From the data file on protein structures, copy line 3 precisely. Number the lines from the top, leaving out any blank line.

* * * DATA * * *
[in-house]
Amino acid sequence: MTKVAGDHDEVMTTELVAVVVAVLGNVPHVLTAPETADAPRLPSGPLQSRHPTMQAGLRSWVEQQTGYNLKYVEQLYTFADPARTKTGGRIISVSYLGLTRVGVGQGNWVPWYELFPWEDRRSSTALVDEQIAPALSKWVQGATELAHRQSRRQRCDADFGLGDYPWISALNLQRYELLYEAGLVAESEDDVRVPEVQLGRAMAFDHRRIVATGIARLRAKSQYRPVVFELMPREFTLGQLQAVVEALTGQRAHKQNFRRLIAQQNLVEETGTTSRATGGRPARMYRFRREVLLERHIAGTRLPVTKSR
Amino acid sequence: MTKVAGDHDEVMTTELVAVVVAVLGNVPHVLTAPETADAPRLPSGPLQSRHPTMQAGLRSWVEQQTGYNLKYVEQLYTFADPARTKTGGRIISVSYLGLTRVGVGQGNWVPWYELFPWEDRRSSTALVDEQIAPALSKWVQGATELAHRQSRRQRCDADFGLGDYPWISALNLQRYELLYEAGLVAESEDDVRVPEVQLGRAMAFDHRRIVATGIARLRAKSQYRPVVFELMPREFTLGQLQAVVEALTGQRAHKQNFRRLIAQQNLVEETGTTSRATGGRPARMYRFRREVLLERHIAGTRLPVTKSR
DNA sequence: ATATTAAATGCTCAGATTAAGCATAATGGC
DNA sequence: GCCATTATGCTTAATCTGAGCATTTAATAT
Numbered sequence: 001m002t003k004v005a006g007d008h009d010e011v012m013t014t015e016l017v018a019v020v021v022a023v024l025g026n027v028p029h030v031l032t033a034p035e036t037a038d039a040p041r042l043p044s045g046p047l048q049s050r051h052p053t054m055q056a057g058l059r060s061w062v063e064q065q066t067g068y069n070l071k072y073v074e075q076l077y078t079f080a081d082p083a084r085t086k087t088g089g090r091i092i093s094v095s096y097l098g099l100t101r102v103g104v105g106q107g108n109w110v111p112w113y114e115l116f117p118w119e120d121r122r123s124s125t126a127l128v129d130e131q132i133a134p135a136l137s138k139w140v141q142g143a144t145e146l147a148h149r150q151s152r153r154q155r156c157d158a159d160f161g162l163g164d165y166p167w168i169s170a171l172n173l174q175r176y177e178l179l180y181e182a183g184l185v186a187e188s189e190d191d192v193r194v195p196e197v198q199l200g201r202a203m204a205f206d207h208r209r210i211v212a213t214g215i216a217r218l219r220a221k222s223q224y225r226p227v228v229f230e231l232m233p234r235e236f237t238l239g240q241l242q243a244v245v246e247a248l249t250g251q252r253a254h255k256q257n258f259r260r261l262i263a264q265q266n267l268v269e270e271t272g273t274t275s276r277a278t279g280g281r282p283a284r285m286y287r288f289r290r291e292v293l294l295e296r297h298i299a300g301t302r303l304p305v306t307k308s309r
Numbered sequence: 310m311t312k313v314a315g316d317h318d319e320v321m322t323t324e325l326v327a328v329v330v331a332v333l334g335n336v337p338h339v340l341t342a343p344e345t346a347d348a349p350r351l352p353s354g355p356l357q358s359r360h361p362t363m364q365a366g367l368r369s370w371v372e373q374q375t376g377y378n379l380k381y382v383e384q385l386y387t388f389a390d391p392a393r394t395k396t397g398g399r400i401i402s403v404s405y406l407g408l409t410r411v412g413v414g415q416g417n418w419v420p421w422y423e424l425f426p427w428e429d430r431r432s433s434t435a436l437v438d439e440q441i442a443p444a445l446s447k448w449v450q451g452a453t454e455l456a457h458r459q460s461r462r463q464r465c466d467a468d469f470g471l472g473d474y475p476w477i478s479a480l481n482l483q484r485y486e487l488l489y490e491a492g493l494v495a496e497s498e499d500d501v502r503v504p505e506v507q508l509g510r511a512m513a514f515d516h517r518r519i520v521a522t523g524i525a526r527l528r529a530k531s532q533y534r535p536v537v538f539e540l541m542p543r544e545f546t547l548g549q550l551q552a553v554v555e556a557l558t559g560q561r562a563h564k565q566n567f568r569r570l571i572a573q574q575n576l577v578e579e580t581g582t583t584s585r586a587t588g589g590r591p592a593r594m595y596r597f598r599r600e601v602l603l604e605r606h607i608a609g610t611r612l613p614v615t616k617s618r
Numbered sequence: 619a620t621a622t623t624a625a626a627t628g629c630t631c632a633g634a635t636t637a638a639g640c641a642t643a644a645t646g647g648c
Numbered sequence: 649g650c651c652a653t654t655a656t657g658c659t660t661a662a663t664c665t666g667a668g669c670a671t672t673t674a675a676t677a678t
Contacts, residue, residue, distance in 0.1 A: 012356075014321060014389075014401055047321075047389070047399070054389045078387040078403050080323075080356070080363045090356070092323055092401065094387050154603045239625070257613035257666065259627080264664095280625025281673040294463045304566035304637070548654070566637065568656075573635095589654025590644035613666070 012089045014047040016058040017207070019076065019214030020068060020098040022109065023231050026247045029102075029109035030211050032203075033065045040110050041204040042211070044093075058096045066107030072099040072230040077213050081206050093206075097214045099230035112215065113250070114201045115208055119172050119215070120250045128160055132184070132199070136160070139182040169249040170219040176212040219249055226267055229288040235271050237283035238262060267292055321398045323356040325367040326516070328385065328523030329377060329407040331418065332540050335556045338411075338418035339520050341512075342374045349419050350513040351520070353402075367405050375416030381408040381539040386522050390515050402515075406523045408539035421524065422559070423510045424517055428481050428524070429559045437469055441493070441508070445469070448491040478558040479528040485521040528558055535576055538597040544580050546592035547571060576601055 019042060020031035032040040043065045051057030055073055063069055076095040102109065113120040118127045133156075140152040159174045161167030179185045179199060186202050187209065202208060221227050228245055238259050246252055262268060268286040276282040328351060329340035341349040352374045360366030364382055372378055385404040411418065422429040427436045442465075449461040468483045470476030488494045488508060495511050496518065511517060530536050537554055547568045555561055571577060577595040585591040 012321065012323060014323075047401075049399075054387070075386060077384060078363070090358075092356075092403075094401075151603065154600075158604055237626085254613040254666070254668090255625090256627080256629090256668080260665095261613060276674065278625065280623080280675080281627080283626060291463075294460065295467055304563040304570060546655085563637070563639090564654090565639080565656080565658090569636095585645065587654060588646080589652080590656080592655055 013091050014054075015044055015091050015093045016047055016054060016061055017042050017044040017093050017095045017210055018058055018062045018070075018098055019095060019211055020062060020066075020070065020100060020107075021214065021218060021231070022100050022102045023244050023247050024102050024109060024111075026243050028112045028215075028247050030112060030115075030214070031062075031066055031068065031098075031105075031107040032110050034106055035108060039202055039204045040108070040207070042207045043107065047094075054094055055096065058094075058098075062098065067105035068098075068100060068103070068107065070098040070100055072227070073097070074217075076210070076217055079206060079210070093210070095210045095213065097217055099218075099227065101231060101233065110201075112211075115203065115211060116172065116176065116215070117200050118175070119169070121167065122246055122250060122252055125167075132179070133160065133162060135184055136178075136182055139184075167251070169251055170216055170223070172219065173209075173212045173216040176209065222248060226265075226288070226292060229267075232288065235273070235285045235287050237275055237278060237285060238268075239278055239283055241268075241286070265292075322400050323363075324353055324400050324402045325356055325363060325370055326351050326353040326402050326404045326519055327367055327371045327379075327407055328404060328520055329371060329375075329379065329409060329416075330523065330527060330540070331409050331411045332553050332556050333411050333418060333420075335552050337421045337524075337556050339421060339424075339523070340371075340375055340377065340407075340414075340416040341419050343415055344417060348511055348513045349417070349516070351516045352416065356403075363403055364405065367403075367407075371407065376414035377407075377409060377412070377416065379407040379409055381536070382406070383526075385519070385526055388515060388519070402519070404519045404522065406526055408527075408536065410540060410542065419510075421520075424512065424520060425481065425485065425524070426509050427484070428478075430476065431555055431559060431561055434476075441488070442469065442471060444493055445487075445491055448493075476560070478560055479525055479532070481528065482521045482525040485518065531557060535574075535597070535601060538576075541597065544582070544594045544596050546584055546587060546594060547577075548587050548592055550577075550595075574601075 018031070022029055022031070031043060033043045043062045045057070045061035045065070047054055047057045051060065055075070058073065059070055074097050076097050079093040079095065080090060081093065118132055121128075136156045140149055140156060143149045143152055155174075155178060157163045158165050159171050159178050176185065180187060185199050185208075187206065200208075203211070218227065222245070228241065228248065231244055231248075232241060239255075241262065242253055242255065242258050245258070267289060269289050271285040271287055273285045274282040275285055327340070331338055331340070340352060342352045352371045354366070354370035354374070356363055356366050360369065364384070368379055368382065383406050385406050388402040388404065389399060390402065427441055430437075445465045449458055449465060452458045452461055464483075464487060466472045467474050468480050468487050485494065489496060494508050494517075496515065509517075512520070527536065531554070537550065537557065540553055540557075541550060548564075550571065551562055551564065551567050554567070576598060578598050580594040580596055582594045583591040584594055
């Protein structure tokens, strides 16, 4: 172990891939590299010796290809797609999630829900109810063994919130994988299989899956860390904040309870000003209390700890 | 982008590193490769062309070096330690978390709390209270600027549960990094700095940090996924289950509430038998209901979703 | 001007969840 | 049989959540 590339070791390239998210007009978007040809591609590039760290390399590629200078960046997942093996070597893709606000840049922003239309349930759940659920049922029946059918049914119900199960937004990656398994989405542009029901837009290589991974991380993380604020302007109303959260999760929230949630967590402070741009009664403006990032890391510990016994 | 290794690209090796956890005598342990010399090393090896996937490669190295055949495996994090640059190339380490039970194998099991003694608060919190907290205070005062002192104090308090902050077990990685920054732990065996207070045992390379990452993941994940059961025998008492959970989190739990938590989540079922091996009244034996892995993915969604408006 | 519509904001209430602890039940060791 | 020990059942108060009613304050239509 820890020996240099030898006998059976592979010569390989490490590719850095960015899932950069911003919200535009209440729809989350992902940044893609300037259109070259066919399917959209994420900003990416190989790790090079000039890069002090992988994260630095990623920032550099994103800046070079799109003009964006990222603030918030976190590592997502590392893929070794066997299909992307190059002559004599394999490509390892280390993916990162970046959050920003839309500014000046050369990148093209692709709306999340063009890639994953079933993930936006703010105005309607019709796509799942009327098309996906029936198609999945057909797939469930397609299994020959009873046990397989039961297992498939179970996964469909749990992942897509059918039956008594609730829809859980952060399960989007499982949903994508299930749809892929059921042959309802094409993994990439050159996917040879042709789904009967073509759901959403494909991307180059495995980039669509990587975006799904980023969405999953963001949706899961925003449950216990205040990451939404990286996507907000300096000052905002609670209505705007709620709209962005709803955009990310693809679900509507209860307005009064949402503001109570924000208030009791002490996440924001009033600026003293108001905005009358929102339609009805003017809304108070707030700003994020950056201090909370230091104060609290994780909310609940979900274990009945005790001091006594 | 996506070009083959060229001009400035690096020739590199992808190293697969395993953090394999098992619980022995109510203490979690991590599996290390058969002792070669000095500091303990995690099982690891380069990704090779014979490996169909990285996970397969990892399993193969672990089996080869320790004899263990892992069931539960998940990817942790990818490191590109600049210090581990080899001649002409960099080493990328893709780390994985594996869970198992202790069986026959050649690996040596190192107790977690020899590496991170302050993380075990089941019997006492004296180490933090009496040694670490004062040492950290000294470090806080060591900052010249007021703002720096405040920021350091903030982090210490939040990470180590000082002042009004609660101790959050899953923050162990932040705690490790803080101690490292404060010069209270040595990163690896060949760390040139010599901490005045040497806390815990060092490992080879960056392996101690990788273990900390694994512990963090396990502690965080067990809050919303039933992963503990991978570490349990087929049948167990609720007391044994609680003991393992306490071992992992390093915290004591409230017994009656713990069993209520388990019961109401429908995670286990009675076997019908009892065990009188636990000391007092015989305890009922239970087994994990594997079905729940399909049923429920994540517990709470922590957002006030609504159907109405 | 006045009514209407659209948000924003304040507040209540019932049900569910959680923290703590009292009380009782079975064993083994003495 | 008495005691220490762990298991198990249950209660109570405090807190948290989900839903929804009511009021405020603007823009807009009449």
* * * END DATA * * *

Amino acid sequence: MTKVAGDHDEVMTTELVAVVVAVLGNVPHVLTAPETADAPRLPSGPLQSRHPTMQAGLRSWVEQQTGYNLKYVEQLYTFADPARTKTGGRIISVSYLGLTRVGVGQGNWVPWYELFPWEDRRSSTALVDEQIAPALSKWVQGATELAHRQSRRQRCDADFGLGDYPWISALNLQRYELLYEAGLVAESEDDVRVPEVQLGRAMAFDHRRIVATGIARLRAKSQYRPVVFELMPREFTLGQLQAVVEALTGQRAHKQNFRRLIAQQNLVEETGTTSRATGGRPARMYRFRREVLLERHIAGTRLPVTKSR